Who pays Stamp Duty Land Tax?
SDLT is generally charged on the actual consideration paid by the purchaser. A gift of property is normally exempt from SDLT. However, any assumption of debt by the purchase is treated as consideration given and SDLT is payable on the amount of the debt assumed.
Although there is no special exemption for property transfers between spouses or civil partners, they often avoid SDLT because they are pure gifts.
SDLT rates differ depending on whether the land or building being bought is for business or residential use. Where land and a house are bought together and part of the property is non-residential, the whole property is subject to a reduced rate of SDLT on purchase. If land is just part of the grounds of the dwelling house, the whole transaction is subject to the higher residential rate.
Where a farmer buys a farm with a dwelling on it, the farmer must prove to HMRC that there is an intention to carry on a trade from the property, in order to avail of the lower rate of SDLT. If the farmer cannot prove intention to carry on a trade from the property, the higher rate of SDLT is payable.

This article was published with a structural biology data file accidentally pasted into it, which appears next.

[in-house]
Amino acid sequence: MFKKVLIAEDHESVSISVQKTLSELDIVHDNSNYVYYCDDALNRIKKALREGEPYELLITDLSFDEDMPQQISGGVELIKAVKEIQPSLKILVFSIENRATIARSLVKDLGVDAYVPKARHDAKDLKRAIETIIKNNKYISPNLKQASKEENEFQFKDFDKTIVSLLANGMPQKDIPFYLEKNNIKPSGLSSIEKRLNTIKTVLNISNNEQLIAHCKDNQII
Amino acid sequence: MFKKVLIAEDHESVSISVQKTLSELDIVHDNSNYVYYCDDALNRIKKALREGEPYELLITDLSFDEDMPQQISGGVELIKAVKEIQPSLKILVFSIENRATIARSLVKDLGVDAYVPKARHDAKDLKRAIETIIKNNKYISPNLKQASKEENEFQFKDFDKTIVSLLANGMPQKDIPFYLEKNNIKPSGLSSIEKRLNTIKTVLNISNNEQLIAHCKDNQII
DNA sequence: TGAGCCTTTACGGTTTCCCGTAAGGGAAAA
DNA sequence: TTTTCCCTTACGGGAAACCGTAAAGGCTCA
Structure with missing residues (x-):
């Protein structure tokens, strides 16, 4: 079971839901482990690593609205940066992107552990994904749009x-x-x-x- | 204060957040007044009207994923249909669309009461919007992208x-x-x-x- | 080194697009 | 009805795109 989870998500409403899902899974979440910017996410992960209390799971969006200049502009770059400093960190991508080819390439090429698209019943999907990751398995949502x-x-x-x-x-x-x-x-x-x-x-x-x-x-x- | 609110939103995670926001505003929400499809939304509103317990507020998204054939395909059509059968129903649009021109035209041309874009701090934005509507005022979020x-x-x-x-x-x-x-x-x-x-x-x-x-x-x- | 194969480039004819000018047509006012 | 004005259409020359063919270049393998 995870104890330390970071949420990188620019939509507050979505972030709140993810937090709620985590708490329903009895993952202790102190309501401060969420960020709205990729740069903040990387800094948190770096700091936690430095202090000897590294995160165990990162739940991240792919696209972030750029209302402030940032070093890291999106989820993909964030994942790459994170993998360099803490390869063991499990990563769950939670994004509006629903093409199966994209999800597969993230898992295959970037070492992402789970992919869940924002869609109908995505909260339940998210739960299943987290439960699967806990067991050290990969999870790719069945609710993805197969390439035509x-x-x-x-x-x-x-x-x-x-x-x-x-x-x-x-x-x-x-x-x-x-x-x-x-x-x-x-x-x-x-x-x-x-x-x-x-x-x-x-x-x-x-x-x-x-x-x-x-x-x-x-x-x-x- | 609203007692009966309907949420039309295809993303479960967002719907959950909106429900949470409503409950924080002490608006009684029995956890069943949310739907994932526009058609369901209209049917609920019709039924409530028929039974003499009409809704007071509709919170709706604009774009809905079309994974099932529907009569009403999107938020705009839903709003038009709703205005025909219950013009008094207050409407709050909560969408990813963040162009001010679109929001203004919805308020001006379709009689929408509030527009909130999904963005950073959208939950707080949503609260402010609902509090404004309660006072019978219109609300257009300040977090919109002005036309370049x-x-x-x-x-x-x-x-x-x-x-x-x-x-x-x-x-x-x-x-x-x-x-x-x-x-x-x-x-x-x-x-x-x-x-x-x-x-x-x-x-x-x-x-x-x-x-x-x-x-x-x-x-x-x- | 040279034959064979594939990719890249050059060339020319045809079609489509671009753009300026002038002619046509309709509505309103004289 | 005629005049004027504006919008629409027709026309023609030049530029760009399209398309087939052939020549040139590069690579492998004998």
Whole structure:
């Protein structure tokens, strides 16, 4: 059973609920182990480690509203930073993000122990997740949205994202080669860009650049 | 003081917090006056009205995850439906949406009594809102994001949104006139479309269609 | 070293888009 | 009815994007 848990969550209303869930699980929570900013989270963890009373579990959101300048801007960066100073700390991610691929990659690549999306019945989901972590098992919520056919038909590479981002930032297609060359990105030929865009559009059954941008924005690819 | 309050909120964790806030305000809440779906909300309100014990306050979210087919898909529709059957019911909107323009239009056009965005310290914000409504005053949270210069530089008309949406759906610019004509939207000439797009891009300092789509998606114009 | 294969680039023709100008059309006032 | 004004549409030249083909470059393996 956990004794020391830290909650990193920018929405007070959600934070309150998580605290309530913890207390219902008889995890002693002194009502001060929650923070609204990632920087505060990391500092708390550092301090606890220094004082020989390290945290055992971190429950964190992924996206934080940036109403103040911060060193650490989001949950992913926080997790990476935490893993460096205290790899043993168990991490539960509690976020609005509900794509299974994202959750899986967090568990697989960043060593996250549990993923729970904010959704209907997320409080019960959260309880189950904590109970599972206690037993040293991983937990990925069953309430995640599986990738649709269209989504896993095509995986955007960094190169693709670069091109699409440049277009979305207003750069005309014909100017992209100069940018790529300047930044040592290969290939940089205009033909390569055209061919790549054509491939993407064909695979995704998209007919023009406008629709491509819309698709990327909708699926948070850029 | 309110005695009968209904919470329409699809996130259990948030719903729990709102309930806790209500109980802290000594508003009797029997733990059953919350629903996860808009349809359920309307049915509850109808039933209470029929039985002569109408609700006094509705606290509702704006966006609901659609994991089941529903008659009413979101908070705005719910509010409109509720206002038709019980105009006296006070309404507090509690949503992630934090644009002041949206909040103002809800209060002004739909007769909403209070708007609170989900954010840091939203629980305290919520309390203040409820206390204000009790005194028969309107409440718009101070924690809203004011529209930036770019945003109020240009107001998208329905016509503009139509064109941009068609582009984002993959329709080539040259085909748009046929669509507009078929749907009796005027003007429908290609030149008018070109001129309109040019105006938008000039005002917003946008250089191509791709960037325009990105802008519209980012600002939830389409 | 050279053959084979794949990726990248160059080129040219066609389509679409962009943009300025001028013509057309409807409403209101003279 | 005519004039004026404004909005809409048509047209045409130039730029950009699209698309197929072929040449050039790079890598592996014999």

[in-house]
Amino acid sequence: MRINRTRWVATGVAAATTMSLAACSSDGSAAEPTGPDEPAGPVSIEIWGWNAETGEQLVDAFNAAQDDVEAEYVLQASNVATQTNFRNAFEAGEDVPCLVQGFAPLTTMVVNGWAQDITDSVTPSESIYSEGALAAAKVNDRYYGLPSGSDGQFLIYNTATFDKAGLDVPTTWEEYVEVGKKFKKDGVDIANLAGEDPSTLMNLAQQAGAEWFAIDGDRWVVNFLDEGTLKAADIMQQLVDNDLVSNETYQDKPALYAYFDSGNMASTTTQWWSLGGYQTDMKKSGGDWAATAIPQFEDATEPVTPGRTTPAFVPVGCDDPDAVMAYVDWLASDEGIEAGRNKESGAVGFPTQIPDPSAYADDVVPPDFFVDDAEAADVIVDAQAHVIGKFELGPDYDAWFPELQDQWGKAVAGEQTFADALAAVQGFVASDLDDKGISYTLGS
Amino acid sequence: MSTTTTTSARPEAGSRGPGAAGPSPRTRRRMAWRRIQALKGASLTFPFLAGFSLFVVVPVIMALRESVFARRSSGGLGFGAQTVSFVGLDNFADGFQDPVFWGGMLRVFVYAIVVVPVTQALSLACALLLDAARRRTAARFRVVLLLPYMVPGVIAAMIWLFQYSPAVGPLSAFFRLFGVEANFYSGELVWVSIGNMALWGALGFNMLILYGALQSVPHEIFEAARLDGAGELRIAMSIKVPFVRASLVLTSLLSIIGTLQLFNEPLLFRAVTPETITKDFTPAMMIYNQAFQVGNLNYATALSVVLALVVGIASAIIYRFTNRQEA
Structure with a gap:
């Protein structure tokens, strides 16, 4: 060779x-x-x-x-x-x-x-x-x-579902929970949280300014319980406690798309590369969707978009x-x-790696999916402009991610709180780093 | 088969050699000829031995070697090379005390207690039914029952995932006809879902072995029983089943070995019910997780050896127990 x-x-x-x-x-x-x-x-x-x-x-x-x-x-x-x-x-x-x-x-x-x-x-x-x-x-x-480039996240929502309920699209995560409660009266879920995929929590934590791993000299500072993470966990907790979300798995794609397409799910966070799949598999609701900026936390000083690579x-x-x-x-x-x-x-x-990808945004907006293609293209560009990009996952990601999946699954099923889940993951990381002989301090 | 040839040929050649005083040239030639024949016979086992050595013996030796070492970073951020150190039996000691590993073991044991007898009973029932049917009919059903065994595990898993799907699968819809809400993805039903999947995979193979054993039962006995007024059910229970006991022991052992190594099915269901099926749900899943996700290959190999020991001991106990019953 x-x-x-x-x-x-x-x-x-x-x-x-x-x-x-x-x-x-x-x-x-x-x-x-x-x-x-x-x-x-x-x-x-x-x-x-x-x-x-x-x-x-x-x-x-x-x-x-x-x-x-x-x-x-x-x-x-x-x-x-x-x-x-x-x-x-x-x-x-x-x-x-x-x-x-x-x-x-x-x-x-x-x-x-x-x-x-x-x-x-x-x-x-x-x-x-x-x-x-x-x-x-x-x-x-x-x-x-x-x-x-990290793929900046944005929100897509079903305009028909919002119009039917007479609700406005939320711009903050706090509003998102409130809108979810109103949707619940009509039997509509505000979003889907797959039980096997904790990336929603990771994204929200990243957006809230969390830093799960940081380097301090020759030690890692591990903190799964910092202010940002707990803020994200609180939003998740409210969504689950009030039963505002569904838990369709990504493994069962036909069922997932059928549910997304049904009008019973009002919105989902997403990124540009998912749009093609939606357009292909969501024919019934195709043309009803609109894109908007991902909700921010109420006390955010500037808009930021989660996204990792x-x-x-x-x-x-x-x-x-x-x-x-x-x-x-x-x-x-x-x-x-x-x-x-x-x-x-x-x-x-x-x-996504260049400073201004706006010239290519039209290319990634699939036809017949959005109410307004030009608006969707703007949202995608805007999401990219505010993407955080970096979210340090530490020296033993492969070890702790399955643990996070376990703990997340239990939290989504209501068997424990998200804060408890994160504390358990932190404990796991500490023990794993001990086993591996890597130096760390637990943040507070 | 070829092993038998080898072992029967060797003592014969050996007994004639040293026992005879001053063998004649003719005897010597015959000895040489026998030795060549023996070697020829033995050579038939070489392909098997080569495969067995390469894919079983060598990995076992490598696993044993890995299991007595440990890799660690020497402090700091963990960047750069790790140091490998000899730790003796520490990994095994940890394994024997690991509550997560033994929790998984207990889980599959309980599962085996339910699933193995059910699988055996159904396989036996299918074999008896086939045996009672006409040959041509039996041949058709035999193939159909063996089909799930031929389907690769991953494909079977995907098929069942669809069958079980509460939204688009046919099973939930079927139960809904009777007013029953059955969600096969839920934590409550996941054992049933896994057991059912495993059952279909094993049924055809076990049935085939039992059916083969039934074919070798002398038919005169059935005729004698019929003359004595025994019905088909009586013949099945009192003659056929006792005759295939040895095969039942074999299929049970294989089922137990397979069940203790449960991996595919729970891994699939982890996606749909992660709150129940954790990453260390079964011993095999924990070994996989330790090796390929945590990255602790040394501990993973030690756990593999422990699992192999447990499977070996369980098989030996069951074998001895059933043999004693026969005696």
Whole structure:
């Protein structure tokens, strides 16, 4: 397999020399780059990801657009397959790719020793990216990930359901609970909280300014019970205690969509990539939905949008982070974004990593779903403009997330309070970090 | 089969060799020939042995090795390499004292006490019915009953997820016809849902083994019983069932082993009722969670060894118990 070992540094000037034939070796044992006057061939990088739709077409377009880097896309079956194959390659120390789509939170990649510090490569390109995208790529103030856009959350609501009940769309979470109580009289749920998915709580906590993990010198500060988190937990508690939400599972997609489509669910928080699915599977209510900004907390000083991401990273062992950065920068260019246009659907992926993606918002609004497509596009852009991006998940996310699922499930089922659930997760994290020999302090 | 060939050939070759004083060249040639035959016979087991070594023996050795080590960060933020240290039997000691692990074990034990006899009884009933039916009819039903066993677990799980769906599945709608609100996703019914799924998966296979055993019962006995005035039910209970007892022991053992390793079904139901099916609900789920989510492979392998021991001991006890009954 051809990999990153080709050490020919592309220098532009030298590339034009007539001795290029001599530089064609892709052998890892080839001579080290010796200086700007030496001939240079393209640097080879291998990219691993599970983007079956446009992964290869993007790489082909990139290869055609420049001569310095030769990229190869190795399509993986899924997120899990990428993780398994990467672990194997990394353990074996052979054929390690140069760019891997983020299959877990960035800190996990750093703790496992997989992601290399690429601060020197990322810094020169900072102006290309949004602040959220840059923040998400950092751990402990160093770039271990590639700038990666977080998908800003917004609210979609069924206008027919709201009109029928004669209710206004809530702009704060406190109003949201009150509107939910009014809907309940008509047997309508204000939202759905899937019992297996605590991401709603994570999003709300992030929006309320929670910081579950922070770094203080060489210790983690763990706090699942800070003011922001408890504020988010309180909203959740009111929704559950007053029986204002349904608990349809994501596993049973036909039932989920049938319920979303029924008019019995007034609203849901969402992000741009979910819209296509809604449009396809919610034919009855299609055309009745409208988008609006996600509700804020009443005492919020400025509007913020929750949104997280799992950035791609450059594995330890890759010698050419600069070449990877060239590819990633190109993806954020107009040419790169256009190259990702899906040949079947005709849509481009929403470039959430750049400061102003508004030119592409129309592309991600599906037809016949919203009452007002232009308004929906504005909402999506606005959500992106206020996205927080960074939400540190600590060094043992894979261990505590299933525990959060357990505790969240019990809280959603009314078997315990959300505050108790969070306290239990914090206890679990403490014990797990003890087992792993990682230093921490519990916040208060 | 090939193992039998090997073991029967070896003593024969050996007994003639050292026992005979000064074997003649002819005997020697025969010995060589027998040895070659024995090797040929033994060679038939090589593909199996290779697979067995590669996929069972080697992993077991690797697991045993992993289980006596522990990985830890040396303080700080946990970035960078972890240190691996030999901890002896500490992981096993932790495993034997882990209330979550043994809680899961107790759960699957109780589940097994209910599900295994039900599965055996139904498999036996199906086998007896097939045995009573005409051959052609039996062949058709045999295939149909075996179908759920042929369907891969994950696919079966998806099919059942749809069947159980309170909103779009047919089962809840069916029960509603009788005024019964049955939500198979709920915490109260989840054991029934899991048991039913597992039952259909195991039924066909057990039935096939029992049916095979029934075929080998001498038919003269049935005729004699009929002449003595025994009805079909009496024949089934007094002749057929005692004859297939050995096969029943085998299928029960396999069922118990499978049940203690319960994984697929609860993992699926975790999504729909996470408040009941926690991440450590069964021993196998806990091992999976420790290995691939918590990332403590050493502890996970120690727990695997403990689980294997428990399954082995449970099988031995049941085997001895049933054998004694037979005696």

In a recent Tax Tribunal case, the Tribunal stated that the legislation required reasonable commercial plans to be in place. HMRC states that a property must be for mixed use before and after your purchase for the reduced rate of SDLT to apply. Land and buildings which are not necessary for the proper use and enjoyment of the residential property mean that it is a mixed-use purchase and the lower rate of SDLT applies. If you buy a home which includes animal paddocks or grazing land this can make the purchase count as grazing land and therefore liable to the reduced rate of SDLT.
In view of the significant rates of SDLT and in some cases, the opportunity to reduce the amount payable, a purchaser should consult carefully with solicitor and accountant before committing to buy to ensure that the lowest possible rate of SDLT applies.
For further information, contact (028) 8224 1515.